A version of this article originally appeared in New Voices.
I screamed no. I screamed no, and he didn’t listen. He listened when I said yes to going to his room, he listened when I said yes to making out, but when I said no to sex, he didn’t listen. That’s rape. He took away my voice, my choice. He overpowered me, rendering me helpless. I see myself on a bed, in a shower, bleeding. I hear myself begging him to stop. I didn’t bite him. I didn’t hit him. I just begged. I hear and see this scene over and over in my head day and night. Awake and asleep. I feel like a slave to the memory. I can’t escape it – not in one piece anyway. I tried many things to escape the memories: drugs, alcohol, my eating disorder. None of them worked. My own destruction did not lead to freedom. It led me to entrapment. I had to get treatment.
I don’t talk a lot about the aftermath of being raped because it feels shameful. It feels like talking about my eating disorder is socially acceptable, but talking about this, one of the many things that exacerbated it, is not. I understand it’s hard to listen to, hard to read, unpleasant to believe that humans can hurt each other like that. Another person did not listen to the word “no,” and now five years later, I am reliving that night over and over again. That night I said no, I used my voice, but when he didn’t listen, I stopped talking. I started to use actions to explain my pain because, after all, my voice hadn’t been enough. My voice could not save me. My voice wasn’t worth listening to. I felt like the Moses begging Pharaoh to let me go, but I wasn’t taken seriously.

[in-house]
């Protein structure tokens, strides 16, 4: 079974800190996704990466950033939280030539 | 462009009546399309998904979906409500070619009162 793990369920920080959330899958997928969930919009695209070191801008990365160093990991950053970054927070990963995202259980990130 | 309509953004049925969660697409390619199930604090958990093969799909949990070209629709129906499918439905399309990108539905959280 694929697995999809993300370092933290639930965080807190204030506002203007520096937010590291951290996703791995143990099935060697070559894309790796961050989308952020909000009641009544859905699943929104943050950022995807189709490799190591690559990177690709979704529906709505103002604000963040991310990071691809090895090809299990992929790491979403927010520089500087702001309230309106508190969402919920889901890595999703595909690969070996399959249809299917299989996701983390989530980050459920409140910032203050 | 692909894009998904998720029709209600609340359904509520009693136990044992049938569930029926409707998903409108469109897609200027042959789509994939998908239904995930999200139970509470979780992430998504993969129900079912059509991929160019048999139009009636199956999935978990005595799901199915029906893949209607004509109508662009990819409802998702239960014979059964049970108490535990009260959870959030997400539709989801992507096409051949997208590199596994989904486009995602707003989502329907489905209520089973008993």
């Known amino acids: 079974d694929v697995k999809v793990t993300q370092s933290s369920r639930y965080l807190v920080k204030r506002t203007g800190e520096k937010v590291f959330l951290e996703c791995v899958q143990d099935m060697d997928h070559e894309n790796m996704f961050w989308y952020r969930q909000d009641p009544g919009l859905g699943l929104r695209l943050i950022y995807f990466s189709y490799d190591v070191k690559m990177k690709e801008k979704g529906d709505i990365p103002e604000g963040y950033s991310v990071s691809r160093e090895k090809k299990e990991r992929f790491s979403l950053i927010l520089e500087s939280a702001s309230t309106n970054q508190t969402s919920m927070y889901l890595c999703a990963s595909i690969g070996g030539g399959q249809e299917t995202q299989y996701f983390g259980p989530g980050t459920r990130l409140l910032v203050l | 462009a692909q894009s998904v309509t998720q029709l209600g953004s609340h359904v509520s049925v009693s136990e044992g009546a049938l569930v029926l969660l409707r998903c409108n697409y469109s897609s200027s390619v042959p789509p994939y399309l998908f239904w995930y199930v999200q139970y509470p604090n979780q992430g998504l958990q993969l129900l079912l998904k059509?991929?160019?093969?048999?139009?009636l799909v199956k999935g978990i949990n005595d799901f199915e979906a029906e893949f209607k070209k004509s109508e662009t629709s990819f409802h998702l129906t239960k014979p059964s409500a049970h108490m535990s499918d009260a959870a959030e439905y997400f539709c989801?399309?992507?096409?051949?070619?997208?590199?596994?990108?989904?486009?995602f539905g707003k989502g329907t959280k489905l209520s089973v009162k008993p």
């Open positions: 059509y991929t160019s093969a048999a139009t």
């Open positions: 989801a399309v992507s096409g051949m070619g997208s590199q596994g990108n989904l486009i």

While processing what happened, I found that a biblical figure, a person enslaved in Egypt, could help me through. But it wasn’t the main character, Moses. It was his sister, Miriam.
Miriam was a slave in Egypt her whole life. She was treated poorly and not listened to. Her opinion did not matter to Pharaoh, and her fate was controlled by a man who did not know how to treat others with dignity. Miriam did not let this treatment take away her voice. Upon being freed, she sang and danced. She used her voice to unite her people.
I think the key to getting through the flashbacks, the nightmares, and the self-blame is to channel my inner Miriam. My attacker would probably prefer I stay silent. But I have a voice, a beautiful one like Miriam’s that is capable of uniting people. My voice is able to reach out and say to other survivors, “You are not alone.” I live with the memory of my rape every day. It will not go away if I stay silent and ashamed. Silence feeds the shame, and shame feeds the silence. It’s a cycle that can only be stopped by using my voice to describe my experience as a survivor.
I imagine, after being enslaved her whole life, it was both scary and freeing for Miriam to use her voice. Scary, because what if no one listened? What if she was again dismissed, and this time, not by Pharaoh, but by her own people? But freeing, because she could finally express herself. She could finally dance and praise and unite her people. I imagine when Miriam broke out in song, she felt like she gained her power back – a power that she never really lost, but just had to reach deep down to find.
My memory likes to play games with me, rendering me the villain in this story, telling me I willingly went to a drunk boy’s room. I willingly made out with him. I must have been asking for it. If I let my mind win, I am a victim. But if I channel my inner Miriam, I am no longer helpless. I am a strong, independent, vibrant woman who will not be silenced by a man who refused to listen.